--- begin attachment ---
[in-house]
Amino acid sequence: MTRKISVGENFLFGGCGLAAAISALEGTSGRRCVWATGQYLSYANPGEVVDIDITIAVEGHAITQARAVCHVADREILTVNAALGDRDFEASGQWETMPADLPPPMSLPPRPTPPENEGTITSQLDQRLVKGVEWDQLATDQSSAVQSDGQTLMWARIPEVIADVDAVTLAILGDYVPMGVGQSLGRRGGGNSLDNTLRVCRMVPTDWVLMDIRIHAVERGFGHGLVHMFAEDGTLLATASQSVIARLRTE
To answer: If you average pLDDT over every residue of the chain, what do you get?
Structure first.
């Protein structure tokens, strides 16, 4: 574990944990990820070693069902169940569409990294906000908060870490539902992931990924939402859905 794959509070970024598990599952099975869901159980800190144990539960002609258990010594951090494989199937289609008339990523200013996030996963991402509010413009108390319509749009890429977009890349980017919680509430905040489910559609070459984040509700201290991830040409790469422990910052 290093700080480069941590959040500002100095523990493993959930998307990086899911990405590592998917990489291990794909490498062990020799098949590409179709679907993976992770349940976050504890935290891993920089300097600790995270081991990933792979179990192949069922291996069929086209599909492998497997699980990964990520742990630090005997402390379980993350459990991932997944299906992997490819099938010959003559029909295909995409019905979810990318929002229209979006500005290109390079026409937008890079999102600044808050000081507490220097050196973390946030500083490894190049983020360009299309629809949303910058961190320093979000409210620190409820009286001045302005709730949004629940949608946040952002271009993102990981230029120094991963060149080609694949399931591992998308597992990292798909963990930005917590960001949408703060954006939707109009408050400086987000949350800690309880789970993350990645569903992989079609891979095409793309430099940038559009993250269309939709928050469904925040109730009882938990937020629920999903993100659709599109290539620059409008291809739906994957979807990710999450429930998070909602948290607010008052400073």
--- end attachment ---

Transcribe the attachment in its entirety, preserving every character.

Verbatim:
[in-house]
Amino acid sequence: MTRKISVGENFLFGGCGLAAAISALEGTSGRRCVWATGQYLSYANPGEVVDIDITIAVEGHAITQARAVCHVADREILTVNAALGDRDFEASGQWETMPADLPPPMSLPPRPTPPENEGTITSQLDQRLVKGVEWDQLATDQSSAVQSDGQTLMWARIPEVIADVDAVTLAILGDYVPMGVGQSLGRRGGGNSLDNTLRVCRMVPTDWVLMDIRIHAVERGFGHGLVHMFAEDGTLLATASQSVIARLRTE
To answer: If you average pLDDT over every residue of the chain, what do you get?
Structure first.
């Protein structure tokens, strides 16, 4: 574990944990990820070693069902169940569409990294906000908060870490539902992931990924939402859905 794959509070970024598990599952099975869901159980800190144990539960002609258990010594951090494989199937289609008339990523200013996030996963991402509010413009108390319509749009890429977009890349980017919680509430905040489910559609070459984040509700201290991830040409790469422990910052 290093700080480069941590959040500002100095523990493993959930998307990086899911990405590592998917990489291990794909490498062990020799098949590409179709679907993976992770349940976050504890935290891993920089300097600790995270081991990933792979179990192949069922291996069929086209599909492998497997699980990964990520742990630090005997402390379980993350459990991932997944299906992997490819099938010959003559029909295909995409019905979810990318929002229209979006500005290109390079026409937008890079999102600044808050000081507490220097050196973390946030500083490894190049983020360009299309629809949303910058961190320093979000409210620190409820009286001045302005709730949004629940949608946040952002271009993102990981230029120094991963060149080609694949399931591992998308597992990292798909963990930005917590960001949408703060954006939707109009408050400086987000949350800690309880789970993350990645569903992989079609891979095409793309430099940038559009993250269309939709928050469904925040109730009882938990937020629920999903993100659709599109290539620059409008291809739906994957979807990710999450429930998070909602948290607010008052400073």